Tuesday, March 13, 2007

Letting Gir guard down has opened doors to poaching

Ahmedabad Newsline Net Edition

Date 11-3-2007



Gandhinagar, March 11: Two incidents at Gir Lion sanctuary — the poaching of three lions last week, and chasing of two cubs to death in a well last month—- might just be symptoms of an ailment that has been in the making for over a decade now. With no proper recruitments since 1992, the average of a beat guard in the forests of Junagadh circle that houses the Gir sanctuary is 40 years plus.


Result of a 15-year moratorium on new recruitments at the cutting edge level, the inertia of higher ups in the administration has been sapping the Forest Department of energies so much required for guarding vast forests on foot. The seriousness of the situation can be gauged from the fact that in some ranges there is not a single beat guard below the age of 25.


“This is the cadre which is supposed to keep tabs on the goings on inside the forests with an area of about 700 hectares, sometimes criss-crossing 15-20 villages. This effectively means running up to 10-12 kms in a single day if a beat is to be serviced properly,” informs H M Rabari, a leader of Beat Guards Association fighting a case against the government. He has been a beat guard for the last 27 years with no promotions.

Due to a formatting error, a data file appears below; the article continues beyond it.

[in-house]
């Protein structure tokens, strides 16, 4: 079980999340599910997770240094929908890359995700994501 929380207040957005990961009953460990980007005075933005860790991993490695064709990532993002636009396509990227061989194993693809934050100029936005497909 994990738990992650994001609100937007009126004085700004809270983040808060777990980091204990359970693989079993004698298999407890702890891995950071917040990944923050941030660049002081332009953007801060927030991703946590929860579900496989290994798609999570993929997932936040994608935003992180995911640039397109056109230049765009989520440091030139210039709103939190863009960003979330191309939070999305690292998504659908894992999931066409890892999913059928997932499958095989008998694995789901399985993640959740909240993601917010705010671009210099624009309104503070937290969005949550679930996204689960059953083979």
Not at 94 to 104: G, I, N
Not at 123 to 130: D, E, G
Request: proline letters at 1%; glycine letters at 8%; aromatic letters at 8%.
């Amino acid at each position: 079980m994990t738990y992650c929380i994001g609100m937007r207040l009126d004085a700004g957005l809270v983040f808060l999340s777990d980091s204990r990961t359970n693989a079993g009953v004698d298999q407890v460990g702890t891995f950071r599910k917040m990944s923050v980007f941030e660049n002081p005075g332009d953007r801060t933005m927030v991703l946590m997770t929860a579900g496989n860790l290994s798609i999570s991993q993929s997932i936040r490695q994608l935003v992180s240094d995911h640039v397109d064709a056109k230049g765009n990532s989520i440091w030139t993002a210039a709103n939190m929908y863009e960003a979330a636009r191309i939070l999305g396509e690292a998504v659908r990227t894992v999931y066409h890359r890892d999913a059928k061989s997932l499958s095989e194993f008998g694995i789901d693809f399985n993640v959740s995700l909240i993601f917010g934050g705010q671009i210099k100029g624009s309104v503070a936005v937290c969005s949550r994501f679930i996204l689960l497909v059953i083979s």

In 2003, 27 contract labourers were inducted as beat guards by the Department. That was the last time fresh blood got infused into the system. As per Forest Department guidelines, for a well-managed forest area about 50 per cent of the total strength should be below 35-years. In Gujarat’s forests, more than 90 per cent of staff is above that mark.


“We have sent many reports to higher ups, but a concrete action has not materialized. If properly involved the staff just could not have missed the roars of lions being trapped and poached. A lion’s distress sound can be heard for kms in the silence of forests,” says a Conservator of Forests.


So was the distress call of three lionesses missed because there was no one to listen? Ranges lie vacant for months as some go on leave, some are transferred and others just run away from depression. Many have taken premature retirement rather than face the rigours of the job.


Senior officers claim the situation is not going to continue for long. Written tests for appointment of 200 temporary forest Sahayaks (helpers) are to be held at the end of this month. But the whole process of recruitment and training would be complete only by the end of this year. “At least something is happening.


After a long time we are looking at recruitments and promotions at all levels from cutting edge onwards.


While this would strengthen the basics, we are also in the process of designing programmes which see public participation in forest policing,” says Principal Chief Conservator of Forests (PCCF), M L Sharma.

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